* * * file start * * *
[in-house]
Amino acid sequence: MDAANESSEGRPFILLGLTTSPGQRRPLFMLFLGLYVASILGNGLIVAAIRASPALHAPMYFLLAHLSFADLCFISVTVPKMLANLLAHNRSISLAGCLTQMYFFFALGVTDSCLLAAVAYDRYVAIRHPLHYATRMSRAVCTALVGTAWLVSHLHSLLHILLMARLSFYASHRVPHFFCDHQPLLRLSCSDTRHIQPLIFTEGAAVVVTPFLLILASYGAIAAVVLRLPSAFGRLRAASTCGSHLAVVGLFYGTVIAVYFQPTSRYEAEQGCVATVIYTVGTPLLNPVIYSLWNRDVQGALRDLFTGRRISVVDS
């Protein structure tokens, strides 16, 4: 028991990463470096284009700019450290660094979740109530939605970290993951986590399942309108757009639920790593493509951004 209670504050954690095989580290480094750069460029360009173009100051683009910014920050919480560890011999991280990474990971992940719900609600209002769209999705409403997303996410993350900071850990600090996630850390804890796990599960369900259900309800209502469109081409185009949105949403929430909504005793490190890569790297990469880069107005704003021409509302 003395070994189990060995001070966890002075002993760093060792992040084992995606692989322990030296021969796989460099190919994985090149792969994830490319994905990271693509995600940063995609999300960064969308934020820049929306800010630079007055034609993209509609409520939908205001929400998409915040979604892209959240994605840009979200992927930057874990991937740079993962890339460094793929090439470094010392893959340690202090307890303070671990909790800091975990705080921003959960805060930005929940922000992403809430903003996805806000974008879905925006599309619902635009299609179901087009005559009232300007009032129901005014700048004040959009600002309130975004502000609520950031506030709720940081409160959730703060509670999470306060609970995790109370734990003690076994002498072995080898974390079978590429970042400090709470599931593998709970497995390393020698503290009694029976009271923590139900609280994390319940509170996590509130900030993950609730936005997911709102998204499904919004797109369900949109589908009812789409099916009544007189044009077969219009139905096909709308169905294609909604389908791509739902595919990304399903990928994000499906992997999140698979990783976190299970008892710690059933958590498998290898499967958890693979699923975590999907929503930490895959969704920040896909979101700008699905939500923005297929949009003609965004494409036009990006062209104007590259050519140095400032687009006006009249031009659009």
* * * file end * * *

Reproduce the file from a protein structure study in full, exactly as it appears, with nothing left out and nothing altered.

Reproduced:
[in-house]
Amino acid sequence: MDAANESSEGRPFILLGLTTSPGQRRPLFMLFLGLYVASILGNGLIVAAIRASPALHAPMYFLLAHLSFADLCFISVTVPKMLANLLAHNRSISLAGCLTQMYFFFALGVTDSCLLAAVAYDRYVAIRHPLHYATRMSRAVCTALVGTAWLVSHLHSLLHILLMARLSFYASHRVPHFFCDHQPLLRLSCSDTRHIQPLIFTEGAAVVVTPFLLILASYGAIAAVVLRLPSAFGRLRAASTCGSHLAVVGLFYGTVIAVYFQPTSRYEAEQGCVATVIYTVGTPLLNPVIYSLWNRDVQGALRDLFTGRRISVVDS
């Protein structure tokens, strides 16, 4: 028991990463470096284009700019450290660094979740109530939605970290993951986590399942309108757009639920790593493509951004 209670504050954690095989580290480094750069460029360009173009100051683009910014920050919480560890011999991280990474990971992940719900609600209002769209999705409403997303996410993350900071850990600090996630850390804890796990599960369900259900309800209502469109081409185009949105949403929430909504005793490190890569790297990469880069107005704003021409509302 003395070994189990060995001070966890002075002993760093060792992040084992995606692989322990030296021969796989460099190919994985090149792969994830490319994905990271693509995600940063995609999300960064969308934020820049929306800010630079007055034609993209509609409520939908205001929400998409915040979604892209959240994605840009979200992927930057874990991937740079993962890339460094793929090439470094010392893959340690202090307890303070671990909790800091975990705080921003959960805060930005929940922000992403809430903003996805806000974008879905925006599309619902635009299609179901087009005559009232300007009032129901005014700048004040959009600002309130975004502000609520950031506030709720940081409160959730703060509670999470306060609970995790109370734990003690076994002498072995080898974390079978590429970042400090709470599931593998709970497995390393020698503290009694029976009271923590139900609280994390319940509170996590509130900030993950609730936005997911709102998204499904919004797109369900949109589908009812789409099916009544007189044009077969219009139905096909709308169905294609909604389908791509739902595919990304399903990928994000499906992997999140698979990783976190299970008892710690059933958590498998290898499967958890693979699923975590999907929503930490895959969704920040896909979101700008699905939500923005297929949009003609965004494409036009990006062209104007590259050519140095400032687009006006009249031009659009």